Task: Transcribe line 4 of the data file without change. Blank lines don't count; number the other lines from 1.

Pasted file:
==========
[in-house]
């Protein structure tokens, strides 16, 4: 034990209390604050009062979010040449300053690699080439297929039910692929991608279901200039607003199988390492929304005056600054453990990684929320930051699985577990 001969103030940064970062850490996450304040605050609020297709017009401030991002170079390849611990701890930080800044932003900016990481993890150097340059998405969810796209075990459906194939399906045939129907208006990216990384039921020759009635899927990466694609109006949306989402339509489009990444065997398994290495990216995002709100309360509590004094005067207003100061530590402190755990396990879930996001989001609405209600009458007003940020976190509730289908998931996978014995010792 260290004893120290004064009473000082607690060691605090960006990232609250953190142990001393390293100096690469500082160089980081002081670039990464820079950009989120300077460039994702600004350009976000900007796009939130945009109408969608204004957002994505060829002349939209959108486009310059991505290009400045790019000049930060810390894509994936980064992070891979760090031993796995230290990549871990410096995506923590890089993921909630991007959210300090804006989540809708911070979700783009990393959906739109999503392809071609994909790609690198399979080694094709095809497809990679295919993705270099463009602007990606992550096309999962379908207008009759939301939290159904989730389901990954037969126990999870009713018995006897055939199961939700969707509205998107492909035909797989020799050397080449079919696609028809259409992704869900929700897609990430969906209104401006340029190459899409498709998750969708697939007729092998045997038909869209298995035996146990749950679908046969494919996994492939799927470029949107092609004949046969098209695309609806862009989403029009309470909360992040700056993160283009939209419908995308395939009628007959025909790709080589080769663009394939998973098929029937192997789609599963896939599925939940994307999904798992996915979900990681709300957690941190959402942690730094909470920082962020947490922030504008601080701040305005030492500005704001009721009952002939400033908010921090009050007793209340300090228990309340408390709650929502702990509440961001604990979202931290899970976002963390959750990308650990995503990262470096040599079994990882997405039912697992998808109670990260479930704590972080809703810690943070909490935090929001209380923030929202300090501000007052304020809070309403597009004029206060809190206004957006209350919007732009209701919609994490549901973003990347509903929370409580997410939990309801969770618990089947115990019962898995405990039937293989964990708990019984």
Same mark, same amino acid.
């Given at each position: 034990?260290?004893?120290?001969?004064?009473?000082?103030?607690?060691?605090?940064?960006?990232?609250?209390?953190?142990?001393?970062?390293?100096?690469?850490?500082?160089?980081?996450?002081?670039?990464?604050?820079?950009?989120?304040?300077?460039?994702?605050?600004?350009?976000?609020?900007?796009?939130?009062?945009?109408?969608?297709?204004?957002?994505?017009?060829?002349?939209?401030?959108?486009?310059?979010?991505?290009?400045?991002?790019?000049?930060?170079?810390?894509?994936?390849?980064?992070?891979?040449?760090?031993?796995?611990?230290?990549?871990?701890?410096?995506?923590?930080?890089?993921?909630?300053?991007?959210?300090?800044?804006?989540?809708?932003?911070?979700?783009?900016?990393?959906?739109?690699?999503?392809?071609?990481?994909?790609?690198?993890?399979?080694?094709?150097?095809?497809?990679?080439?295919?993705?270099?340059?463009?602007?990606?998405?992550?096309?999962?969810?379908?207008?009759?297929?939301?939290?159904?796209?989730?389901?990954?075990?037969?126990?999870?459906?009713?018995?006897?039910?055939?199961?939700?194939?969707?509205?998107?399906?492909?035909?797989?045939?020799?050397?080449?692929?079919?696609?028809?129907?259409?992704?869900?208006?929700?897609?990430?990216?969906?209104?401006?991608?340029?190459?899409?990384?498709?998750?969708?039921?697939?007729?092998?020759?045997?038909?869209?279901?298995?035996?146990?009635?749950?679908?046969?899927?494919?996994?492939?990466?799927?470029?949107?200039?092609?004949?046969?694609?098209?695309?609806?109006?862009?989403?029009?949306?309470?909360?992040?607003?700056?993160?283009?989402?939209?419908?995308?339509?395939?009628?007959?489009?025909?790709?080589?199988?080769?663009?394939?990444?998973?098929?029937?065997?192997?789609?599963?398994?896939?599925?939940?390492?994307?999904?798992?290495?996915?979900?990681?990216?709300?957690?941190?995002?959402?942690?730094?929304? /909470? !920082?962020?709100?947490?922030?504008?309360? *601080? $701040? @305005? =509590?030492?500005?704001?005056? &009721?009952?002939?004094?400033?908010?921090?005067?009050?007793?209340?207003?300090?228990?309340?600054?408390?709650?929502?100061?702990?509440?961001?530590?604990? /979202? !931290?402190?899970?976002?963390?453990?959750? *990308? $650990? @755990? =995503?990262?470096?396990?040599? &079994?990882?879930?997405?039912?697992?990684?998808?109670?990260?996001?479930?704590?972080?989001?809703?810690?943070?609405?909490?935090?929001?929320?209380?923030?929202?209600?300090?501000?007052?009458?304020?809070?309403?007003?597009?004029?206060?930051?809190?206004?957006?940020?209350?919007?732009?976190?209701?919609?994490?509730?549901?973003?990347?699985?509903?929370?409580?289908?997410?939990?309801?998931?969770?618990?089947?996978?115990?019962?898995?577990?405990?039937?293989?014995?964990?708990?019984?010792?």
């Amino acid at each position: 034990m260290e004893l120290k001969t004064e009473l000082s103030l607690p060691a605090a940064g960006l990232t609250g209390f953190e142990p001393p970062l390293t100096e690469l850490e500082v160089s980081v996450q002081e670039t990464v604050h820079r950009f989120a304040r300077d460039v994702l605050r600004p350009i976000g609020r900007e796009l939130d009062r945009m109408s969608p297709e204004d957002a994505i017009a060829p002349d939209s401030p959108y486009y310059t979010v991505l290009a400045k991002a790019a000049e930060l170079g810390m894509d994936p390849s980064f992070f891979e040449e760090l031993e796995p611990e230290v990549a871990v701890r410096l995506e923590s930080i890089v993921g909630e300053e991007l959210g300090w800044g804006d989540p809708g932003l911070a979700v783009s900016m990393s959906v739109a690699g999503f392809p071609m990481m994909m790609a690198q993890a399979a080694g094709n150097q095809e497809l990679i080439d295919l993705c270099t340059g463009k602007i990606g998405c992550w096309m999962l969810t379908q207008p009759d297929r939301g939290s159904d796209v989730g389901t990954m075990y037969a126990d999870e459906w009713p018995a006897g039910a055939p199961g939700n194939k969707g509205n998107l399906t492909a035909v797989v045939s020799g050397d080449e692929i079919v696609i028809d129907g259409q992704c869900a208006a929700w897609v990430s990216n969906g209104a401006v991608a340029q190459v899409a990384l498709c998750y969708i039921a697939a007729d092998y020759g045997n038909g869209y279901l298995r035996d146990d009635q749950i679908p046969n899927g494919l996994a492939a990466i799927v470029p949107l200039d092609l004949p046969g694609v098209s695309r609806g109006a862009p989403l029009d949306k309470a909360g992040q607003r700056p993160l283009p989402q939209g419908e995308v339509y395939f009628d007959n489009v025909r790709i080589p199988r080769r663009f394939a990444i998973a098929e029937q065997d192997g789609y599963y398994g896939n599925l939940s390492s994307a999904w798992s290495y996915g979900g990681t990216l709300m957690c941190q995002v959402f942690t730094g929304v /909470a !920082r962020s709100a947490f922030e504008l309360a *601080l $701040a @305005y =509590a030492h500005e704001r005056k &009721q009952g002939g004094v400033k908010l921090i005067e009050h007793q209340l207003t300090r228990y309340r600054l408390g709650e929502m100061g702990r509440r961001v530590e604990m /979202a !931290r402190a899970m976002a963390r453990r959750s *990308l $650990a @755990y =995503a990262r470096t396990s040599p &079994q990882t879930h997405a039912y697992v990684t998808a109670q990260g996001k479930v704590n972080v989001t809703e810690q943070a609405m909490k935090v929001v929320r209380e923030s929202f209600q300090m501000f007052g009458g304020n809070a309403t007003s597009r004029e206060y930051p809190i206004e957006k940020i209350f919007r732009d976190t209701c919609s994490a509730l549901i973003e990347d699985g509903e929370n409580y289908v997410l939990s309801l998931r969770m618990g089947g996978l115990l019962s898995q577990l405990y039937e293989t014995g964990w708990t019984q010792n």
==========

């Given at each position: 034990?260290?004893?120290?001969?004064?009473?000082?103030?607690?060691?605090?940064?960006?990232?609250?209390?953190?142990?001393?970062?390293?100096?690469?850490?500082?160089?980081?996450?002081?670039?990464?604050?820079?950009?989120?304040?300077?460039?994702?605050?600004?350009?976000?609020?900007?796009?939130?009062?945009?109408?969608?297709?204004?957002?994505?017009?060829?002349?939209?401030?959108?486009?310059?979010?991505?290009?400045?991002?790019?000049?930060?170079?810390?894509?994936?390849?980064?992070?891979?040449?760090?031993?796995?611990?230290?990549?871990?701890?410096?995506?923590?930080?890089?993921?909630?300053?991007?959210?300090?800044?804006?989540?809708?932003?911070?979700?783009?900016?990393?959906?739109?690699?999503?392809?071609?990481?994909?790609?690198?993890?399979?080694?094709?150097?095809?497809?990679?080439?295919?993705?270099?340059?463009?602007?990606?998405?992550?096309?999962?969810?379908?207008?009759?297929?939301?939290?159904?796209?989730?389901?990954?075990?037969?126990?999870?459906?009713?018995?006897?039910?055939?199961?939700?194939?969707?509205?998107?399906?492909?035909?797989?045939?020799?050397?080449?692929?079919?696609?028809?129907?259409?992704?869900?208006?929700?897609?990430?990216?969906?209104?401006?991608?340029?190459?899409?990384?498709?998750?969708?039921?697939?007729?092998?020759?045997?038909?869209?279901?298995?035996?146990?009635?749950?679908?046969?899927?494919?996994?492939?990466?799927?470029?949107?200039?092609?004949?046969?694609?098209?695309?609806?109006?862009?989403?029009?949306?309470?909360?992040?607003?700056?993160?283009?989402?939209?419908?995308?339509?395939?009628?007959?489009?025909?790709?080589?199988?080769?663009?394939?990444?998973?098929?029937?065997?192997?789609?599963?398994?896939?599925?939940?390492?994307?999904?798992?290495?996915?979900?990681?990216?709300?957690?941190?995002?959402?942690?730094?929304? /909470? !920082?962020?709100?947490?922030?504008?309360? *601080? $701040? @305005? =509590?030492?500005?704001?005056? &009721?009952?002939?004094?400033?908010?921090?005067?009050?007793?209340?207003?300090?228990?309340?600054?408390?709650?929502?100061?702990?509440?961001?530590?604990? /979202? !931290?402190?899970?976002?963390?453990?959750? *990308? $650990? @755990? =995503?990262?470096?396990?040599? &079994?990882?879930?997405?039912?697992?990684?998808?109670?990260?996001?479930?704590?972080?989001?809703?810690?943070?609405?909490?935090?929001?929320?209380?923030?929202?209600?300090?501000?007052?009458?304020?809070?309403?007003?597009?004029?206060?930051?809190?206004?957006?940020?209350?919007?732009?976190?209701?919609?994490?509730?549901?973003?990347?699985?509903?929370?409580?289908?997410?939990?309801?998931?969770?618990?089947?996978?115990?019962?898995?577990?405990?039937?293989?014995?964990?708990?019984?010792?």